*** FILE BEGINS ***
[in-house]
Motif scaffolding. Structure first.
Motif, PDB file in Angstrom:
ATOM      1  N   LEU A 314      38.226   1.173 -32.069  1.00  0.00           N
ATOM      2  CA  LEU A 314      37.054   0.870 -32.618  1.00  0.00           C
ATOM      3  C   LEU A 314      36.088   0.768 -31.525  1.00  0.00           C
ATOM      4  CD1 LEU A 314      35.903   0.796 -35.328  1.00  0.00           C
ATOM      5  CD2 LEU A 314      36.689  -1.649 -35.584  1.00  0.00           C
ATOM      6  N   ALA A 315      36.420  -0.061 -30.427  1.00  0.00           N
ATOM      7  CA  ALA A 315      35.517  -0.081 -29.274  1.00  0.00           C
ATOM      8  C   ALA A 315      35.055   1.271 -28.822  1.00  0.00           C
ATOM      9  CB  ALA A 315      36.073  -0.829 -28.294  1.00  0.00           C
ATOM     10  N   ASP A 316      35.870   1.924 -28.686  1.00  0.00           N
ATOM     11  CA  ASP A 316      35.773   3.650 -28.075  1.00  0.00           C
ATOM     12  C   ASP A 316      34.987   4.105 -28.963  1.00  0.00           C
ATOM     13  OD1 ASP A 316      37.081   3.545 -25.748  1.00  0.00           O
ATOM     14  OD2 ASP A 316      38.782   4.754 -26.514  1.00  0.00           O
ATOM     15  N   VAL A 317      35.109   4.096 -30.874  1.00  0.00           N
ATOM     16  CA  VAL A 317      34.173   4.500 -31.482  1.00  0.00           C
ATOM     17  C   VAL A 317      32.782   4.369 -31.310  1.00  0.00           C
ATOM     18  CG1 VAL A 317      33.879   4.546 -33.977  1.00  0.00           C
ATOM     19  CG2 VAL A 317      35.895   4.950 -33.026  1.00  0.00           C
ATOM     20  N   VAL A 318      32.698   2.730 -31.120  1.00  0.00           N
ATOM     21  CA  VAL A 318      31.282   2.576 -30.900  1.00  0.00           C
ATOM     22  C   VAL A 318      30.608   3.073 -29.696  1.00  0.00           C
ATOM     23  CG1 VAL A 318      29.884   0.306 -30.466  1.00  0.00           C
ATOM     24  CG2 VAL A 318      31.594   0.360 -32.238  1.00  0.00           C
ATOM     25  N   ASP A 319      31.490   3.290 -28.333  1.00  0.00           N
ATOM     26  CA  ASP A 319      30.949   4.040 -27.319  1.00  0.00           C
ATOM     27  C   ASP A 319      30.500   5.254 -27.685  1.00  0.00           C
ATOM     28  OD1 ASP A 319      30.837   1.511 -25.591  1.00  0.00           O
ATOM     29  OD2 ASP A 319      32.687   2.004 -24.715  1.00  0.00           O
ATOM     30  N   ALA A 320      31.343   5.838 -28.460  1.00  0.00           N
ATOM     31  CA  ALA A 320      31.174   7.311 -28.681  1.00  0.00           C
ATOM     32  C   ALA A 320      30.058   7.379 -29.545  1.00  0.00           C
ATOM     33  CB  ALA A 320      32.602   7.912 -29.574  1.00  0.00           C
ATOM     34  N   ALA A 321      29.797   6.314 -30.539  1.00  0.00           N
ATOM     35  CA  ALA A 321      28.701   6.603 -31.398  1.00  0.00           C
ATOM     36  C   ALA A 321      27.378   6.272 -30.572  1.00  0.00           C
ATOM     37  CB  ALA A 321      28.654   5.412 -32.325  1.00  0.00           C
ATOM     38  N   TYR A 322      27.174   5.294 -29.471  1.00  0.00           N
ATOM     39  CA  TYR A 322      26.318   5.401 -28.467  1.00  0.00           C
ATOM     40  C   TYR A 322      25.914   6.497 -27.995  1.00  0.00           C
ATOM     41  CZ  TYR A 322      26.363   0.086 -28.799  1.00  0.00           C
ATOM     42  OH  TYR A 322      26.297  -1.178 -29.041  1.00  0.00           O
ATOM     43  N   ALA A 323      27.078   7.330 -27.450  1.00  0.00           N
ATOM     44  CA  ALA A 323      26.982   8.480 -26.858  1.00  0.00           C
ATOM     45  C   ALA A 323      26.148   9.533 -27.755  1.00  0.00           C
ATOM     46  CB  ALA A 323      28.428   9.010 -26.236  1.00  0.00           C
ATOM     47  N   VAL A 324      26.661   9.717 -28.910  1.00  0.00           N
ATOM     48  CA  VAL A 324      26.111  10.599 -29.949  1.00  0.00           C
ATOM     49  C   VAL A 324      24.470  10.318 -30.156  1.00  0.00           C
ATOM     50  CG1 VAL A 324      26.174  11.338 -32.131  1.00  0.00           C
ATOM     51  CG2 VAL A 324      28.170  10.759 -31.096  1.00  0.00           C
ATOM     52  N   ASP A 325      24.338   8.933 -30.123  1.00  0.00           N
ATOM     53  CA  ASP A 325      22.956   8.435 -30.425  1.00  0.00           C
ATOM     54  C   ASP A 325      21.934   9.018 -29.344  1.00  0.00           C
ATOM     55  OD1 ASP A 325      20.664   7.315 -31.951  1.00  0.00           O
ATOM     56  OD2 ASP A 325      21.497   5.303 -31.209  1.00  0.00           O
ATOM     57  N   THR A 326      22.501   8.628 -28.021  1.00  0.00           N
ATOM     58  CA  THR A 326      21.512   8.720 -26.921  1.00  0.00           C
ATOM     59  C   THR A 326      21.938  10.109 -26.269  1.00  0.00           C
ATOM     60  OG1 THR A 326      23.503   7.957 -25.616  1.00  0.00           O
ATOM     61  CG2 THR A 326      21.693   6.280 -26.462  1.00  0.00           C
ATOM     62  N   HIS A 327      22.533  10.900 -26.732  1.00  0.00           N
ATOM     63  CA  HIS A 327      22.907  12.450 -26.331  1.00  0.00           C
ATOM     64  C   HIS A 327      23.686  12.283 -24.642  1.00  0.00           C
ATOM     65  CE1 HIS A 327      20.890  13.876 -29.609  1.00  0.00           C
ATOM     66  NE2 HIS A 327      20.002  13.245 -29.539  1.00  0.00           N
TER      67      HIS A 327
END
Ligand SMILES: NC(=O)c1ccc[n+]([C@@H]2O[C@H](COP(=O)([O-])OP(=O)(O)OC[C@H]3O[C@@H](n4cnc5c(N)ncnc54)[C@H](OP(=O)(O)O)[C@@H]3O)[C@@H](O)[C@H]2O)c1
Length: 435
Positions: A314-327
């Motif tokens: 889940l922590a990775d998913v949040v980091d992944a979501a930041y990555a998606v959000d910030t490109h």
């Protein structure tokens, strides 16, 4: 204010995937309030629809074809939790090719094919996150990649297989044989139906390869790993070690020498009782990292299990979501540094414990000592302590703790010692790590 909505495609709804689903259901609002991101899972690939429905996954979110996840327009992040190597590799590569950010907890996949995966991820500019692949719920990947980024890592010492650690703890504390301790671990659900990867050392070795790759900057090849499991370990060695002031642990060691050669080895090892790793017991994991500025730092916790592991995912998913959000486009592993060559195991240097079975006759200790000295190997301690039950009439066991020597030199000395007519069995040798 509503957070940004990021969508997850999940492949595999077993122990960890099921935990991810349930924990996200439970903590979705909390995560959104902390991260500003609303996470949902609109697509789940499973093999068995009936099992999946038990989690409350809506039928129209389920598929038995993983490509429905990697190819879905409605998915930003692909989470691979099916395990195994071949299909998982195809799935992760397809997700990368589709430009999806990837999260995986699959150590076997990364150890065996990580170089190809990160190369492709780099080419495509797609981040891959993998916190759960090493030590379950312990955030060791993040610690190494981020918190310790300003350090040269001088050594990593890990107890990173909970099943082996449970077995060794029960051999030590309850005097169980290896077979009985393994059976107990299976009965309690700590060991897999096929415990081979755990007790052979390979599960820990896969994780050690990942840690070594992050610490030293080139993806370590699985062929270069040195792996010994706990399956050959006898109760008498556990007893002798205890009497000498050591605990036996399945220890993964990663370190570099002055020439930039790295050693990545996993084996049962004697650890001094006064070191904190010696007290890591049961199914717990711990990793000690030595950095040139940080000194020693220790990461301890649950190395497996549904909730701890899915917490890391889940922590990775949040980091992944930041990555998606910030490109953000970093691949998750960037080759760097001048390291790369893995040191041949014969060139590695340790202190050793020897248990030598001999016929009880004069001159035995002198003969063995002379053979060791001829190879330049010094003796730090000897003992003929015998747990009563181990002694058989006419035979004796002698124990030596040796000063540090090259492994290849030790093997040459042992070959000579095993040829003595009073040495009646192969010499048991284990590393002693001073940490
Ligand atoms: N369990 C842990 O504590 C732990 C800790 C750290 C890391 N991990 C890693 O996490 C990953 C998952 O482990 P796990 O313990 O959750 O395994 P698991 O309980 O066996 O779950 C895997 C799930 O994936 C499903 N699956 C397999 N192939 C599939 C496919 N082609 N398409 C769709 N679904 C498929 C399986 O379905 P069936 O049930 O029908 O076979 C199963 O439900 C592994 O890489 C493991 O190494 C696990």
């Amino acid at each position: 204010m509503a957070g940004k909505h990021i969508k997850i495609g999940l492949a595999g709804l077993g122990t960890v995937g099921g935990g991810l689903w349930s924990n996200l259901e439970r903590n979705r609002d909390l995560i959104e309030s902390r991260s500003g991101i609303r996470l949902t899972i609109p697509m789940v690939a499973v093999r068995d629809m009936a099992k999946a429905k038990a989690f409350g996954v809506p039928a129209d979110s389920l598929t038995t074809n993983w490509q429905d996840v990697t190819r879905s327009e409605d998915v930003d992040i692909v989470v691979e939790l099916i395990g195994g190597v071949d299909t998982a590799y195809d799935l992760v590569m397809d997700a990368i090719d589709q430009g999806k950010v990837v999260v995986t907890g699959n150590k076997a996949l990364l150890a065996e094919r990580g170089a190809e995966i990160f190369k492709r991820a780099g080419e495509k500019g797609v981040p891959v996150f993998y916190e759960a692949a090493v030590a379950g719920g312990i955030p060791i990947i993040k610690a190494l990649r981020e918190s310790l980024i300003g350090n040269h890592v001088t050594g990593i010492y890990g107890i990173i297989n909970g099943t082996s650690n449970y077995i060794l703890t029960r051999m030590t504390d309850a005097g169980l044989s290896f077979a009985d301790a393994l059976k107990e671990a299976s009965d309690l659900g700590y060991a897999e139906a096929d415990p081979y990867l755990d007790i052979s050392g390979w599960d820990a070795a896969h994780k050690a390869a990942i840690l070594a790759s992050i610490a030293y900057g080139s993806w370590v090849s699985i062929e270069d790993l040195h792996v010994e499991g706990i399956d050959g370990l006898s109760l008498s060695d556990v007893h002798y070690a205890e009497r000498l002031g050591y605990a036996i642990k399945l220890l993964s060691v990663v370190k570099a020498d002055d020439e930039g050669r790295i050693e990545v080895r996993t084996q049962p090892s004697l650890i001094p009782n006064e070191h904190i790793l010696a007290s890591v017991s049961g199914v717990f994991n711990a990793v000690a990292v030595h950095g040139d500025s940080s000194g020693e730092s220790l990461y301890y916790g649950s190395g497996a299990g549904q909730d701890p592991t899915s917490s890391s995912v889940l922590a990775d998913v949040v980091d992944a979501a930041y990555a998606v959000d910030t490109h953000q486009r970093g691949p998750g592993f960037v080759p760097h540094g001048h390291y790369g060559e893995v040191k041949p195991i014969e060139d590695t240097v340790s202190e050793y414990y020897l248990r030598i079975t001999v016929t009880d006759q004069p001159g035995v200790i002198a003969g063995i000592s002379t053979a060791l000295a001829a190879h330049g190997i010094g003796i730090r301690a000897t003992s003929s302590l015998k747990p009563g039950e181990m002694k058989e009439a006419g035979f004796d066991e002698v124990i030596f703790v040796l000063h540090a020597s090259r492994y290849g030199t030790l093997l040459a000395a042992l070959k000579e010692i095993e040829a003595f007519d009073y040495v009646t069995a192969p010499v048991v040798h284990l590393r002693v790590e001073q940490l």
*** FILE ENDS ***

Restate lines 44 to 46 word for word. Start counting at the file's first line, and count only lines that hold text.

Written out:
ATOM     41  CZ  TYR A 322      26.363   0.086 -28.799  1.00  0.00           C
ATOM     42  OH  TYR A 322      26.297  -1.178 -29.041  1.00  0.00           O
ATOM     43  N   ALA A 323      27.078   7.330 -27.450  1.00  0.00           N